Indra takes the infant to the Panduk Grove,[4] where he seats himself on a lion-throne with the infant on his lap. The other sixty-three Indras arrive. Acyutendra, the lord of the eleventh and twelfth heavens, orders tens of millions of gods and goddesses to bring water for the Lord's bath. With hands joined in salutation, they obey. The human worshipers now stand ready with water pots.

The gods go to the milky ocean and all the great pilgrimage places on watercourses in order to obtain pure water and other things needed for the Lord's bath. One thousand and eight pots of eight different kinds are prepared. The gods return, and when they see the Lord in Indra's lap their hearts are filled with ecstasy. Acyutendra exhorts all gods to take the Lord's darsan. Then, at his command, they stand ready with pots in hand. The gods ask the Indra of the first heaven, "Who is that wondrous form in your lap?" Indra answers that it is the world's savior and tells them to perform abhisekthat is, to pour liquid on the infant. They do so. At this point the human worshipers, following the divine model described in the verses, pour water on the image's feet.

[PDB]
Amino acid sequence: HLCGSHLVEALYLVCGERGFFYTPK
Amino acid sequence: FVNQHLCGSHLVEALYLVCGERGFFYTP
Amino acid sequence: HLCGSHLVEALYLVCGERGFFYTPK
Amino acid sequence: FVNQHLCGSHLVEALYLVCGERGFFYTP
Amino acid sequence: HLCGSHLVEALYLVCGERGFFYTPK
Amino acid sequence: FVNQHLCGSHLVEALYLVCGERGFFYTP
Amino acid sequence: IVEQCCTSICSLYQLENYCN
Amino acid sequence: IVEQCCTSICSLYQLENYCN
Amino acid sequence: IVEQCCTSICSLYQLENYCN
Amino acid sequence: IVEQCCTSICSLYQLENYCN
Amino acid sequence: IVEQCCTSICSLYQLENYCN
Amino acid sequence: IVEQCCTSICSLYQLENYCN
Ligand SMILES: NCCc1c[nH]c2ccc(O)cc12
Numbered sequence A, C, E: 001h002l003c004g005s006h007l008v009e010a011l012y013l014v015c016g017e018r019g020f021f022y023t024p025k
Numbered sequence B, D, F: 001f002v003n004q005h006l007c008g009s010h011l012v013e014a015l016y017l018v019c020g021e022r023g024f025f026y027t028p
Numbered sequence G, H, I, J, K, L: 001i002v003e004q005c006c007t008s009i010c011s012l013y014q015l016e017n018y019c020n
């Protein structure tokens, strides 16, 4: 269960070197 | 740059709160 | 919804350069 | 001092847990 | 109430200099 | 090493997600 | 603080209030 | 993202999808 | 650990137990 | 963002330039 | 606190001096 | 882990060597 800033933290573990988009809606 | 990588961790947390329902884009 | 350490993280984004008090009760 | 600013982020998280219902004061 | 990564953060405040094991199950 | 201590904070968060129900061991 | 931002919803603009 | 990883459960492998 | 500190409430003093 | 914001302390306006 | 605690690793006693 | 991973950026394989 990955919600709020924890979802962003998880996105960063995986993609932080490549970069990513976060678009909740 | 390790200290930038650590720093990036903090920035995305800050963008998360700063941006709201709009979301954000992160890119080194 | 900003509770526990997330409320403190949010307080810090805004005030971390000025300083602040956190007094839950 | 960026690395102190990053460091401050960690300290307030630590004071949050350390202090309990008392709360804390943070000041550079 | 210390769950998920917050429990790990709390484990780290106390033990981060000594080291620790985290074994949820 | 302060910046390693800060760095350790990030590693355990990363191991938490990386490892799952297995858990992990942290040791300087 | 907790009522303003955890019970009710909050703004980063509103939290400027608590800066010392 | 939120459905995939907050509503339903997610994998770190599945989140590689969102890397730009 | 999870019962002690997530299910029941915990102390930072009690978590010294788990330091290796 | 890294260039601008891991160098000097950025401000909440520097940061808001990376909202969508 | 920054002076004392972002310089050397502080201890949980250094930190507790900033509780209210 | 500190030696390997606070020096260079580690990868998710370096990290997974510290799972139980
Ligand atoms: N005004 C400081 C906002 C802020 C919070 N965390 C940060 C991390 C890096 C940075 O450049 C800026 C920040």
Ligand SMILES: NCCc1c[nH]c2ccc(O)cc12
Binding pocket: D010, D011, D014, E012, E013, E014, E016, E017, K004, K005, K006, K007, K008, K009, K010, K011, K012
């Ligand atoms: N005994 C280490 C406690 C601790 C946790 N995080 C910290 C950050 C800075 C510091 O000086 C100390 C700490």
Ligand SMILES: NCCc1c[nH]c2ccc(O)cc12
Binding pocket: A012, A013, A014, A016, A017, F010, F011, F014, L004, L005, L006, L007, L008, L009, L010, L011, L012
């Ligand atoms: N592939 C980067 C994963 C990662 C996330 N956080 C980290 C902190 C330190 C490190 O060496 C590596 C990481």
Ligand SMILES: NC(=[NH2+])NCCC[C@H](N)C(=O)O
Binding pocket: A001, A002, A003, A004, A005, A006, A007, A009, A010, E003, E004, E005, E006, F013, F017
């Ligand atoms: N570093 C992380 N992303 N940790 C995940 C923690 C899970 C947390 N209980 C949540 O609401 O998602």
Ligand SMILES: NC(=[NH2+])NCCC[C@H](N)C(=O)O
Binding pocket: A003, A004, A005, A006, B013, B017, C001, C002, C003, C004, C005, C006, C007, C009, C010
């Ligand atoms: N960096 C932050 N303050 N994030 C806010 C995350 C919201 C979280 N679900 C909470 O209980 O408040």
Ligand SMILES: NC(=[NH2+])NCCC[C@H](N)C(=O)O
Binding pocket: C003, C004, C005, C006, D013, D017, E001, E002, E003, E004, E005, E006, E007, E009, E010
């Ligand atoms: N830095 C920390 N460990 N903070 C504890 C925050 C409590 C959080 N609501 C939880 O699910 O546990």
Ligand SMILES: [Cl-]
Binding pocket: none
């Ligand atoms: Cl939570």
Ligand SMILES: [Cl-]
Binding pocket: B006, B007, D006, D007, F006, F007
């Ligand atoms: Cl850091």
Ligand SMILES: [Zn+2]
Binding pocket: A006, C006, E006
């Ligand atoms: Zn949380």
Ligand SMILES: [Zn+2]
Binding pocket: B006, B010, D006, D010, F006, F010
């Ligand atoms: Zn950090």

The Indra of Isan Devlok (the second heaven) now asks the Indra of the first heaven if he might hold the infant for a while. Permission granted, he does. Worshipers again pour water on the image's feet, and, as the story continues, the worshipers pour water and milky water over the entire image (Figure 7). On special occasions they anoint the image

Figure 7.
Bathing the image in snatra puja. Note the seated im-
age of the Tirthankar with the flat siddhcakra below.

with what is called pancamrt, a mixture of five substances: milk, curds, sugar, saffron, and clarified butter. Participants take turns in the pouring, and sometimes several participants at once touch the pot as the water is being released. The basic idea is that everyone should take part in the bathing. The image's final bath is with plain water.